The Arctic Cod: A Study of Research into the British Trawl Fisheries discusses trawl fishing in the North Sea. The book reviews the history of trawl fishing from the seventeenth century until the mid-nineteenth century when it developed into an industry. Scientific studies of the Artic cod begins in 1860 when the Norwegians started keeping record of their catches at Lofoten. Britain starts to keep reliable records of catches in 1929; and the first study of the Artic cod was by Michael Graham in 1949, done in three ships, the R.V. Ernest Holt, G.O. Sars, and Johan Hjort. The book describes the research work done on the R.V. Ernest Holt at the cod grounds near Bear Island. The Artic cod lives in the Barents Sea and spawn in the Vestfjord; it travels between 1,000 and 1,600 miles each year between its feeding and spawning grounds. The text also describes how the study is undertaken at sea including monitoring temperature measurements, mesh-size, blood samples; and of carrying on studies of fish on the markets, such as recording the number of boats catching what kind of fish. The text also discusses the future of fisheries research in the international arena. This book is suitable for marine biologists, environmentalists, marine conservationists, and researchers interested in marine science.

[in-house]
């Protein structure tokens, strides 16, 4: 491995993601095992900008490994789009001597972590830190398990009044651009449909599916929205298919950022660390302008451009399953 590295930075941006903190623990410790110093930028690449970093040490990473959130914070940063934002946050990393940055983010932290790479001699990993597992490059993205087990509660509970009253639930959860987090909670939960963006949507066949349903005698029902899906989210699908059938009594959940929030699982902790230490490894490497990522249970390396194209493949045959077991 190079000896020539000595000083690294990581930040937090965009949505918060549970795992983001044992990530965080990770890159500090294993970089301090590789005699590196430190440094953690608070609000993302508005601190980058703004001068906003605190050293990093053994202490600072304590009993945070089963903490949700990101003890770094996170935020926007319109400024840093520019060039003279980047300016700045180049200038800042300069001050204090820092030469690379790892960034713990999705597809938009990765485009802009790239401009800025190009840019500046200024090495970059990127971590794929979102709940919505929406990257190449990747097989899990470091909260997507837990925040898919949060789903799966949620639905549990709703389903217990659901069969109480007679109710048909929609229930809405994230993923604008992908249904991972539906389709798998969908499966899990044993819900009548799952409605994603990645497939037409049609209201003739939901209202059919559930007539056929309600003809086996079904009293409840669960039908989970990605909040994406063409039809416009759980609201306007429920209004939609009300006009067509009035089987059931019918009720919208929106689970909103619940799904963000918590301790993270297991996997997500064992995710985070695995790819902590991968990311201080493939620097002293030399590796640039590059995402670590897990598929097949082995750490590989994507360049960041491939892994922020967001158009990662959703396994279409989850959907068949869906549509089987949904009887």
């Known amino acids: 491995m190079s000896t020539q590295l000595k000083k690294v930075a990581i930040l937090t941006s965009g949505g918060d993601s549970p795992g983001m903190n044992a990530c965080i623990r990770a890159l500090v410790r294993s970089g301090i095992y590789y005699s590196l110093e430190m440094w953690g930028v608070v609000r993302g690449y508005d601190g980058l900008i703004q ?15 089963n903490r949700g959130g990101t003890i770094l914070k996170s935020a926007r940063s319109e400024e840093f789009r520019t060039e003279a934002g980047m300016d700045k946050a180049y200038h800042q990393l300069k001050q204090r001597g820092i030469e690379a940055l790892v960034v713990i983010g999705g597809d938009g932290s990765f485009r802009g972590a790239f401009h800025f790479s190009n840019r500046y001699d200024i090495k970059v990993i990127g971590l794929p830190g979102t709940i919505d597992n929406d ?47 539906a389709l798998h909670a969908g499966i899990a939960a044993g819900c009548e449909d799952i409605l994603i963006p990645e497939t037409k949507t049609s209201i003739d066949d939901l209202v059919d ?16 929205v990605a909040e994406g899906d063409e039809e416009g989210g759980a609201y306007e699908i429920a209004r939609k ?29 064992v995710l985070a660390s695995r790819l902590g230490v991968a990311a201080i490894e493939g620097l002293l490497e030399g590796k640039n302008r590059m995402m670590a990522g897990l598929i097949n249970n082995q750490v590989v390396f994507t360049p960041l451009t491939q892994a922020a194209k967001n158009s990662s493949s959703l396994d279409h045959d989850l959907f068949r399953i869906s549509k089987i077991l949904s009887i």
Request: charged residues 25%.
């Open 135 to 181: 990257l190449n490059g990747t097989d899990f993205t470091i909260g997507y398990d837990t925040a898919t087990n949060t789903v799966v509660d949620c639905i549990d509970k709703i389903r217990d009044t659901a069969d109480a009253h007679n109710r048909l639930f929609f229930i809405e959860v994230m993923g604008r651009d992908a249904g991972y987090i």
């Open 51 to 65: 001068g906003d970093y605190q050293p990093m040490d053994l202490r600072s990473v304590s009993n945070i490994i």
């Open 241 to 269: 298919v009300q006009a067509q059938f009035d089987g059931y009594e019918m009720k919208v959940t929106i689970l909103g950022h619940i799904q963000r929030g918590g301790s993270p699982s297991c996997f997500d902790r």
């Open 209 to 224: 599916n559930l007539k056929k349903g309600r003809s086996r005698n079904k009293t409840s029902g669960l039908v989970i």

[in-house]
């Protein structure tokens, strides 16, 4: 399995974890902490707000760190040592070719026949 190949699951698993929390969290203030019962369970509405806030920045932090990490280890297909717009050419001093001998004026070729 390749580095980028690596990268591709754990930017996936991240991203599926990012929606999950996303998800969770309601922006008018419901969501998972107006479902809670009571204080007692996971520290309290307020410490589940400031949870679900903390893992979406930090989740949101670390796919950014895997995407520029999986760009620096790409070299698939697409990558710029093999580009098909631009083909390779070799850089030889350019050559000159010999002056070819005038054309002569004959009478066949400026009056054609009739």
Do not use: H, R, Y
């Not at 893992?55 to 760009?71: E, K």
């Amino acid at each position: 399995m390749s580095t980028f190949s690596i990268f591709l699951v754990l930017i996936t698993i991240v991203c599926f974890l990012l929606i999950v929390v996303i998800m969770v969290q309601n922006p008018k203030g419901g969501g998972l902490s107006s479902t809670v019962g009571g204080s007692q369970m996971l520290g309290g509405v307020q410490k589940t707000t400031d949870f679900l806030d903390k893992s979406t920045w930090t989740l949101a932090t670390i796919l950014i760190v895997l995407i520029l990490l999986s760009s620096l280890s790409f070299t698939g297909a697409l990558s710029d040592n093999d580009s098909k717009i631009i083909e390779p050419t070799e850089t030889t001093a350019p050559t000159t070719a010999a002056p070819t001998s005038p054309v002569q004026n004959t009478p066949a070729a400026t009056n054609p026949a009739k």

Table of Contents
1 The Explorers of the Sea Bed 2 With the R.V. Ernest Holt to Bear Island 3 Where the Arctic Cod Live 4 Work on the Collections 5 The Future of Fisheries Research Index